Everywhere I go, there are rules... regulations I have to abide by... at work, on the road, at home... Some people want to go where everyone knows their name; they go to Cheers. I, on the other hand, want to go where I can find freedom from the crippling rules of daily life.
That's why we went to the Outback Steakhouse, where the motto is: No Rules, Just Right.
We arrived at 2:00pm on a Saturday. The restaurant was nearly empty. The hostess escorted us across the restaurant and plunked us down at a table near the corner. After the hostess left, we decided that we rather preferred a booth to a table with chairs. Lucky for us, or so we thought, there was a booth immediately adjacent to our chair-laden table.
So we moved to the booth. No rules, right? Wrong.
Almost immediately, at the entrance, I could see forming a huddle composed of the hostess with two or three servers. They spoke in hushed tones and repeatedly glanced in our direction with expressions betraying both panic and consternation.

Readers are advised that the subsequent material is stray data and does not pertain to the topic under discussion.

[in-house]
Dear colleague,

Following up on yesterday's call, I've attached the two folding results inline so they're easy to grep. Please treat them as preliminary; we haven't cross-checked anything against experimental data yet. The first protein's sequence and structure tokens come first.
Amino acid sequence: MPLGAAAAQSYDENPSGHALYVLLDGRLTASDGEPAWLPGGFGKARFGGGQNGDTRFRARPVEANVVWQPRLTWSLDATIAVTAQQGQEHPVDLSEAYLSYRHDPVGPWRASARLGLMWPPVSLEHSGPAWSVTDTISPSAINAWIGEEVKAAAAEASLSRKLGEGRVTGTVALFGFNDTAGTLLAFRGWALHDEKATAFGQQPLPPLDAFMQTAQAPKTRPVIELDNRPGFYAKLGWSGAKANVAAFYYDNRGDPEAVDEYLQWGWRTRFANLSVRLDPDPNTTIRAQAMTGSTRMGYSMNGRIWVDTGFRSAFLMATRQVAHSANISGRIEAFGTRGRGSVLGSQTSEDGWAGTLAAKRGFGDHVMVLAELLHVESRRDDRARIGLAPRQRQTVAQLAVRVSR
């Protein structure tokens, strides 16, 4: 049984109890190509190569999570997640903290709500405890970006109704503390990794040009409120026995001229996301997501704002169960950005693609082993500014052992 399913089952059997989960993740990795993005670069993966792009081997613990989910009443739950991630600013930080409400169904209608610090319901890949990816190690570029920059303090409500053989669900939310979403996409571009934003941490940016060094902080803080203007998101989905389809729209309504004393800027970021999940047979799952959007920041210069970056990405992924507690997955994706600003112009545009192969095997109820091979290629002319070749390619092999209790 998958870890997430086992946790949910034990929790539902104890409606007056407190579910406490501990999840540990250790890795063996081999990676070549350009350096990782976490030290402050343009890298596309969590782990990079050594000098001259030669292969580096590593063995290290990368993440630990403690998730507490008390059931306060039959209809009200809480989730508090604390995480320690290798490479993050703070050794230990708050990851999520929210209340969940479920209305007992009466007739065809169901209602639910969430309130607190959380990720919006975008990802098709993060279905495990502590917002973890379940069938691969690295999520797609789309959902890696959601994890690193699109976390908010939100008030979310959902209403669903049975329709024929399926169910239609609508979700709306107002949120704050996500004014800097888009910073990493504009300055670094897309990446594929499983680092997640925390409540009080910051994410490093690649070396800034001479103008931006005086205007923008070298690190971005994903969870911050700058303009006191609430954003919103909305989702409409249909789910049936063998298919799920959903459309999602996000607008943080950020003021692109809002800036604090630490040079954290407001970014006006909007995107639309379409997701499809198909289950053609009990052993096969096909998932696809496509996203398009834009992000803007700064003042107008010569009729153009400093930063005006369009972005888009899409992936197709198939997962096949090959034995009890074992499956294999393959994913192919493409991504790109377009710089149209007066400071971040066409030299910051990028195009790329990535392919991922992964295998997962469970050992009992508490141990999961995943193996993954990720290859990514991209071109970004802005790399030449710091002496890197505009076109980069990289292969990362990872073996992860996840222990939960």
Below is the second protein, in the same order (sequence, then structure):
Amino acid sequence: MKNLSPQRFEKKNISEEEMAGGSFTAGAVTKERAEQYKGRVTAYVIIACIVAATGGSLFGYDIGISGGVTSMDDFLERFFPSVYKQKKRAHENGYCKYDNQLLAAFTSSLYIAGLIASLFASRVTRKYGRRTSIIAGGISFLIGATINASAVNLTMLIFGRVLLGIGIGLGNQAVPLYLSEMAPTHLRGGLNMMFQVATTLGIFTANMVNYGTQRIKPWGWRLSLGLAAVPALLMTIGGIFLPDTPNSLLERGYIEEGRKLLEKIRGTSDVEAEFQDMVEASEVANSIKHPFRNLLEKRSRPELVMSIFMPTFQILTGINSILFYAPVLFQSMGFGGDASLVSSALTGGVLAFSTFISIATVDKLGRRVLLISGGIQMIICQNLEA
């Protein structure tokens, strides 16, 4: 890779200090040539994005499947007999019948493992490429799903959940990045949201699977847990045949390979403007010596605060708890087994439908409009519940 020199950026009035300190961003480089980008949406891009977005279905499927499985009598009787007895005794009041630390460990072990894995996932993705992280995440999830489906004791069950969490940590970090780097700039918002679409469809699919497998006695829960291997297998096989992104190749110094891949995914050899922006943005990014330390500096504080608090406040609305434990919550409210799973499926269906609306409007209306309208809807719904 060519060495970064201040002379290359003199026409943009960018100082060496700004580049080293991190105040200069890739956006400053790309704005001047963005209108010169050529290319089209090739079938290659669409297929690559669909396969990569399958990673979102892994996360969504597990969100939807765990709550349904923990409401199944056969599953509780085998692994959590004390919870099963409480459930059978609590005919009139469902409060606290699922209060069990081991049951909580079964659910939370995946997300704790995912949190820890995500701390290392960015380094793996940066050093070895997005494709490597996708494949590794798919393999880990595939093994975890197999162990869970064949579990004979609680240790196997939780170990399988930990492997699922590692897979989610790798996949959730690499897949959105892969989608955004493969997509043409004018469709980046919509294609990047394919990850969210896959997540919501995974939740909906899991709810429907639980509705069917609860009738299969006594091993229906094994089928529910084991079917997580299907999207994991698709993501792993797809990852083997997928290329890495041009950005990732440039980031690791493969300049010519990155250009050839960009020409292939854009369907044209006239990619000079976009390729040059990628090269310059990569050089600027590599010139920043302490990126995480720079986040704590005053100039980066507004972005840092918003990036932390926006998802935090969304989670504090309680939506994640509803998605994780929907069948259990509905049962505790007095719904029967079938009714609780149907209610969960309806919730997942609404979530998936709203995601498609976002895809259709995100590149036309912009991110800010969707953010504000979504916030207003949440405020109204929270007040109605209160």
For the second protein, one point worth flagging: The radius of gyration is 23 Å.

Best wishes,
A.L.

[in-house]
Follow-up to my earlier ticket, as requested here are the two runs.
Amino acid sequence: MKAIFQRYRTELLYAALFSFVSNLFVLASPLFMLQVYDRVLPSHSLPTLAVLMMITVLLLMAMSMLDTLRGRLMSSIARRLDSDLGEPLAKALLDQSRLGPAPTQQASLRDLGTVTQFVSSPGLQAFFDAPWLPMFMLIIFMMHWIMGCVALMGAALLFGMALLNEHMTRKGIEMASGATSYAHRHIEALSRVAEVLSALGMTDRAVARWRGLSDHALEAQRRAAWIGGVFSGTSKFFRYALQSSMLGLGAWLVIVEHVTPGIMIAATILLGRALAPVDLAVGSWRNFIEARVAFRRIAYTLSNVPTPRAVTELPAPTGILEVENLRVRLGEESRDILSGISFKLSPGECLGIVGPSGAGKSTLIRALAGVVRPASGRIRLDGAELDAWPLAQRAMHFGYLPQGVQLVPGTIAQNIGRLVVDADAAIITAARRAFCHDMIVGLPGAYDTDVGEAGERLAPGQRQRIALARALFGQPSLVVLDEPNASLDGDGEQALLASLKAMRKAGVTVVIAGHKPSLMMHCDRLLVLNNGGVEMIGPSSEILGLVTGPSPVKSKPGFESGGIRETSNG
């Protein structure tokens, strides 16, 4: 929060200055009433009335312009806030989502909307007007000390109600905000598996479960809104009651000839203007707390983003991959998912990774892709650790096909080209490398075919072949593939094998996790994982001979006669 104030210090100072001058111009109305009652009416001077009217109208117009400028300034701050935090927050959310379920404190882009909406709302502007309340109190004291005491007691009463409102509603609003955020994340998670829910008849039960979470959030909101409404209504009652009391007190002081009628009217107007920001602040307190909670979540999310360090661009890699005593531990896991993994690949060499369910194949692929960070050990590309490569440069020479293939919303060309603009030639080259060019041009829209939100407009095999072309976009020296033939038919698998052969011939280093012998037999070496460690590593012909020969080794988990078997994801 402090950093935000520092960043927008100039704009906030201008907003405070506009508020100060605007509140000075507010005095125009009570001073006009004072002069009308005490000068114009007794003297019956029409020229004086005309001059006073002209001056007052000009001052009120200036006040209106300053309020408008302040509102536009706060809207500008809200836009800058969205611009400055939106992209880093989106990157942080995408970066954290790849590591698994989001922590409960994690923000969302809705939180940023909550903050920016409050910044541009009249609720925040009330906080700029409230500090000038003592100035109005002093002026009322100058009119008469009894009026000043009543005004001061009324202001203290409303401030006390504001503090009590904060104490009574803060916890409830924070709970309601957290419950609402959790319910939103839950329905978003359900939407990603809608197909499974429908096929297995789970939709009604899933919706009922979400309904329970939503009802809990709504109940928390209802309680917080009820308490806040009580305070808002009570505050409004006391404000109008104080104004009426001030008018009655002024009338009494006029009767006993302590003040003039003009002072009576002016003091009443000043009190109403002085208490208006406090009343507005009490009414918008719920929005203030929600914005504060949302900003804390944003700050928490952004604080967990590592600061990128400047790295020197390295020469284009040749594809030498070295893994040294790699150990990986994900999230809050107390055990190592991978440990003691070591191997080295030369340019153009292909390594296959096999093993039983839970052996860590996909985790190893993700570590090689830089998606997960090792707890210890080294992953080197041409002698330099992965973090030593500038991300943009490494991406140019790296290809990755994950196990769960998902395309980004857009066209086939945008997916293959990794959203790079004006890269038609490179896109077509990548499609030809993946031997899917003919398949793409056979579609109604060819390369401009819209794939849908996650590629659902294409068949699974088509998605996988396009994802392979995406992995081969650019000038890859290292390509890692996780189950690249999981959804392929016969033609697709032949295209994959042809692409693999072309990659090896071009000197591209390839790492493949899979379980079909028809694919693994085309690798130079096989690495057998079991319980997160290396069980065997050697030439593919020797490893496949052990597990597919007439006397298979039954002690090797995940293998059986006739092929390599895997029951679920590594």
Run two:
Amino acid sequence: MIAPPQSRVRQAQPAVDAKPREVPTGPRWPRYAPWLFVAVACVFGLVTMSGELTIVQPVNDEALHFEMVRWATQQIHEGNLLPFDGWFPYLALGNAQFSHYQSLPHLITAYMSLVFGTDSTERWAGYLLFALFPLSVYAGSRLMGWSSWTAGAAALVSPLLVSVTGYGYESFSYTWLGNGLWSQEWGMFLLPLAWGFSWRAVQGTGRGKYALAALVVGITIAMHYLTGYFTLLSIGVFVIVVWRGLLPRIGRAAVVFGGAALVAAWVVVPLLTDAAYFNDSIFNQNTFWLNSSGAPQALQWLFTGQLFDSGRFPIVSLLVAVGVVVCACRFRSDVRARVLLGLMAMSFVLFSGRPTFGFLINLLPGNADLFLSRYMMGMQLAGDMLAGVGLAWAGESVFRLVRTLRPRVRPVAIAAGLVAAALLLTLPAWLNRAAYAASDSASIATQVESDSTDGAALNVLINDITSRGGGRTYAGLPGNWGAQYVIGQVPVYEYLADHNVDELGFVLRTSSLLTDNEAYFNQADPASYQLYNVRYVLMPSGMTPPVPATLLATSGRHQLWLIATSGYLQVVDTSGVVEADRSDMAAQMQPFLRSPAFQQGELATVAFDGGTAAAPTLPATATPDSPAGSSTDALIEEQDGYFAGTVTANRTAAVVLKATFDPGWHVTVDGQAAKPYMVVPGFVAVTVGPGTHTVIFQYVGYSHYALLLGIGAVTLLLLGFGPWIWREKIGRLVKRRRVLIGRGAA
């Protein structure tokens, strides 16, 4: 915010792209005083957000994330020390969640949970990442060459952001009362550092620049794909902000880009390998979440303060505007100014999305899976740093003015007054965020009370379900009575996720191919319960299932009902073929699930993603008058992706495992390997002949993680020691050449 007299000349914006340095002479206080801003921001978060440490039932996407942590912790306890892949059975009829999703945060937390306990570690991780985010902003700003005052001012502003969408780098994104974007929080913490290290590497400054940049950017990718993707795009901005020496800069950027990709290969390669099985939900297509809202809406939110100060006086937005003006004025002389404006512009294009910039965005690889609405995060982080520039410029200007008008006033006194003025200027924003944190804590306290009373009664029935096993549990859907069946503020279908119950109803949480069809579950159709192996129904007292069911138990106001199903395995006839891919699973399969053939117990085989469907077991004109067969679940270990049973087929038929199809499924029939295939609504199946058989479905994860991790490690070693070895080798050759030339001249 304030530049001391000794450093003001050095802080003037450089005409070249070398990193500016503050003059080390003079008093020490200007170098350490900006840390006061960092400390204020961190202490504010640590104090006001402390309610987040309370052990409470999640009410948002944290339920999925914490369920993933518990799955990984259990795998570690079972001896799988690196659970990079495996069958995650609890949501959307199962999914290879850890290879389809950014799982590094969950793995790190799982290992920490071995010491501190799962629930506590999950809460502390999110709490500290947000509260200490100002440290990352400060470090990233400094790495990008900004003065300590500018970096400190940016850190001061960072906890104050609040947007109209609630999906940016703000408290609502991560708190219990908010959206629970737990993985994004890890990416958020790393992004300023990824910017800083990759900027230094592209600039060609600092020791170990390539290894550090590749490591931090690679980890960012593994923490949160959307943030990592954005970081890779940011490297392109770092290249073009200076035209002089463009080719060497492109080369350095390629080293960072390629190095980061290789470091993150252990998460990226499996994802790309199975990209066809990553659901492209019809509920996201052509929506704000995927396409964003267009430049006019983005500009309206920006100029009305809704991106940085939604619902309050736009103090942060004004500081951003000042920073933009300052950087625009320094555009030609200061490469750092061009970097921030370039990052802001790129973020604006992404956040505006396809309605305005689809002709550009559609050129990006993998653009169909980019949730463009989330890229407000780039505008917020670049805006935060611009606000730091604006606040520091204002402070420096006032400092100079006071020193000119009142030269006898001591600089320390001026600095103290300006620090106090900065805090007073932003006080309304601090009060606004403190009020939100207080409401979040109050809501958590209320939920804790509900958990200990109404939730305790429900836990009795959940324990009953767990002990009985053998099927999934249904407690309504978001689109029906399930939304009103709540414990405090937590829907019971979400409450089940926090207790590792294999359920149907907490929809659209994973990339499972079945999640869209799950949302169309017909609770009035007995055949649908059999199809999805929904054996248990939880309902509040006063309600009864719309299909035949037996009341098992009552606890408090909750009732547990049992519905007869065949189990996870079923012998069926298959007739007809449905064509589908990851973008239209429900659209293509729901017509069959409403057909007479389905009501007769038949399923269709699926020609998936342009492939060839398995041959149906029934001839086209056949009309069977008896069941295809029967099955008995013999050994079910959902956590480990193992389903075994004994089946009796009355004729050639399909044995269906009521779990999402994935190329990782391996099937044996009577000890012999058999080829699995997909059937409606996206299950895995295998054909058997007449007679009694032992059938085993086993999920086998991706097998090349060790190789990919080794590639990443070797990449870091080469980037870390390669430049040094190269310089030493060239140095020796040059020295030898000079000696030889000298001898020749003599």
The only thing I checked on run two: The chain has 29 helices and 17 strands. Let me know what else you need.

They broke the huddle, and the hostess, who must have drawn the short straw, made her way to our booth. "Um, I'm sorry, but you can't sit there." "Why?" "That server isn't here yet. You have to move back to your table." "I thought there weren't any rules here." "Not exactly." "Oh, can we move to another booth, then, somewhere else in the restaurant?" She paused to perform the mental calculations of counting the tables per section to determine how difficult it would be for the server in another section to wait on us in addition to his or her load of what couldn't be more than one or two other tables.
Reluctantly, she grabbed our menus, and we marched in step behind her to the booth across the restaurant. She seated us with a forced smile and walked away.
From this point, our meal went quite smoothly. Our waiter did a marvelous job balancing the demands of both of his tables. And, for the rest of our lunch, we felt carefree and uninhibited.
Outback Steakhouse: One rule, Almost right.
Originally Posted: Tuesday, January 12, 2007
(Then) Curent Mood: repressed